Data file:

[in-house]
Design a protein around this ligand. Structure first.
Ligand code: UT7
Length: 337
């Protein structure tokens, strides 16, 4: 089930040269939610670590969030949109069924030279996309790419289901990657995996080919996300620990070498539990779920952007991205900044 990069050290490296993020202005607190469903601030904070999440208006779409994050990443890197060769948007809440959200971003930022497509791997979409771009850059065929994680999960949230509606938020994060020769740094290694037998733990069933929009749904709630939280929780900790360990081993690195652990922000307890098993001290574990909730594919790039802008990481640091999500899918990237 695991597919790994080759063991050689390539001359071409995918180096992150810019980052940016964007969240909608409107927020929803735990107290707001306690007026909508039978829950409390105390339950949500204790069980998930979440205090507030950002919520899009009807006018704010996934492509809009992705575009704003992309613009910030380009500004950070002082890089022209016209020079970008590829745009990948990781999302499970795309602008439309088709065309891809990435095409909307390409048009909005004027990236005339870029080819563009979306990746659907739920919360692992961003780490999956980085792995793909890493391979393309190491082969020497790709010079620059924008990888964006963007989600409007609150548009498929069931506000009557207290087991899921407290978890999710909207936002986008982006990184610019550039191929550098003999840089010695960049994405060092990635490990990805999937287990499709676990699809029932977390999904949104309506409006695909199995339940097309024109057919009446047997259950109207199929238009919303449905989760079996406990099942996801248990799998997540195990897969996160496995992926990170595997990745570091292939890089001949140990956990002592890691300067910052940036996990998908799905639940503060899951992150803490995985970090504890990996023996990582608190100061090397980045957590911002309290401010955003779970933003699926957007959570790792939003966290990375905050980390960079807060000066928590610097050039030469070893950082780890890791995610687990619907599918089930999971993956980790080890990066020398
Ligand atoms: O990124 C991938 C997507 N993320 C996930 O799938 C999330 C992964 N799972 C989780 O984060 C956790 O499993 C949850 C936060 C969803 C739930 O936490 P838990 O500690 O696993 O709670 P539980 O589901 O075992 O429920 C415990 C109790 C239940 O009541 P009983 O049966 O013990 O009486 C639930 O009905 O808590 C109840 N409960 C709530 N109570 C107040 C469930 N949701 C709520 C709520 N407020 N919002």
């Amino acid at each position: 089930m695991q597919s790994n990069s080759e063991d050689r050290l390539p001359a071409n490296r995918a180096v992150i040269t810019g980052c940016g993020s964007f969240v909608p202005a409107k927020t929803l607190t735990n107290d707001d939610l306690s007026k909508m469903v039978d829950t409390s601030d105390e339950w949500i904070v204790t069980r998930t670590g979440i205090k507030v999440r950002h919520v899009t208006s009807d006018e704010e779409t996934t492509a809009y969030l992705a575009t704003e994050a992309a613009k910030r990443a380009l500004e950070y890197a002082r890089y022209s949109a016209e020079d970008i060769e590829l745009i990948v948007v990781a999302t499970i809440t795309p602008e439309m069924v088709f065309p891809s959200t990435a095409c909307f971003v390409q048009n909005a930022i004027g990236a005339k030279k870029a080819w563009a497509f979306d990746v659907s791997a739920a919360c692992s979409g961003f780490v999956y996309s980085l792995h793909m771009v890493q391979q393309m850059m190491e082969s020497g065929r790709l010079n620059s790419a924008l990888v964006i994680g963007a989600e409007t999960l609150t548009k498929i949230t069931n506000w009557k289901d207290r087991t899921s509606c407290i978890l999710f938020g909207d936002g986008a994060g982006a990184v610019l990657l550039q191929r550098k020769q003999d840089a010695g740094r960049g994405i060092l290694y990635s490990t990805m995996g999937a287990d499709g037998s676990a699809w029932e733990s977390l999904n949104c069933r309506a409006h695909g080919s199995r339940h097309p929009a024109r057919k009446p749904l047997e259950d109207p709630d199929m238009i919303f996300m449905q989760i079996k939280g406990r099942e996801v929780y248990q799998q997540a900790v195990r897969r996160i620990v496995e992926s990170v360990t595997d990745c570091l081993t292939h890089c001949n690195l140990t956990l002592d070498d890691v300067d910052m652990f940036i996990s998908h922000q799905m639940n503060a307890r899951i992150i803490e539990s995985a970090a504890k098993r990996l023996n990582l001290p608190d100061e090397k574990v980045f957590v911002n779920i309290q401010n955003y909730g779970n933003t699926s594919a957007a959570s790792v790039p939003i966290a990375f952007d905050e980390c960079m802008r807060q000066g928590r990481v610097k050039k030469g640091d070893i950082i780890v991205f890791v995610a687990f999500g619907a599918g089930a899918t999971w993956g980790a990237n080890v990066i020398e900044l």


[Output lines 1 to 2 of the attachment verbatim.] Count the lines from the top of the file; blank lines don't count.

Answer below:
[in-house]
Design a protein around this ligand. Structure first.